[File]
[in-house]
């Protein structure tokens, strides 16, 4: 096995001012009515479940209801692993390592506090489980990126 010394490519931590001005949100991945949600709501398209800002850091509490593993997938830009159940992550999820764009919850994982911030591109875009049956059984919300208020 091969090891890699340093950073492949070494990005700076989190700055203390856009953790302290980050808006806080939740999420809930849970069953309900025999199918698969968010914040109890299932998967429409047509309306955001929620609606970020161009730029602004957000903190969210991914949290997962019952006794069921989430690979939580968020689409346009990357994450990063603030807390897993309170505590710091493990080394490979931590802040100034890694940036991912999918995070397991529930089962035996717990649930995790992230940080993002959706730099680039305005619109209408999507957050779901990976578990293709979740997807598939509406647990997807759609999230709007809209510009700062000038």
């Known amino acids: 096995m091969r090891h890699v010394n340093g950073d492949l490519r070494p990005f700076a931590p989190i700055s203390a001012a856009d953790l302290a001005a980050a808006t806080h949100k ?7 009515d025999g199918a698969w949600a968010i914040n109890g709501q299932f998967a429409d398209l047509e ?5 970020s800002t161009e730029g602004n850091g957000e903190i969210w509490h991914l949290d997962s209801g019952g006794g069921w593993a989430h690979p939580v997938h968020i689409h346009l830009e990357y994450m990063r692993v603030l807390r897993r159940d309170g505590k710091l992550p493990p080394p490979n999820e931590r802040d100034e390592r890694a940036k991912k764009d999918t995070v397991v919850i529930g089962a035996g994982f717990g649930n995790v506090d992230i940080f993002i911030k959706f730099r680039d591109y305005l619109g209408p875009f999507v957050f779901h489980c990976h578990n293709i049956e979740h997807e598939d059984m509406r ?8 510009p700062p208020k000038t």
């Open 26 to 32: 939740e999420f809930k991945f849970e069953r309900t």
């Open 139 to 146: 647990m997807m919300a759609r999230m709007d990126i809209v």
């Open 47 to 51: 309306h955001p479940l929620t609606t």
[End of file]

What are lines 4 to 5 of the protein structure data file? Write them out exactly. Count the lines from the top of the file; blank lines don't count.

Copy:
């Open 26 to 32: 939740e999420f809930k991945f849970e069953r309900t």
């Open 139 to 146: 647990m997807m919300a759609r999230m709007d990126i809209v």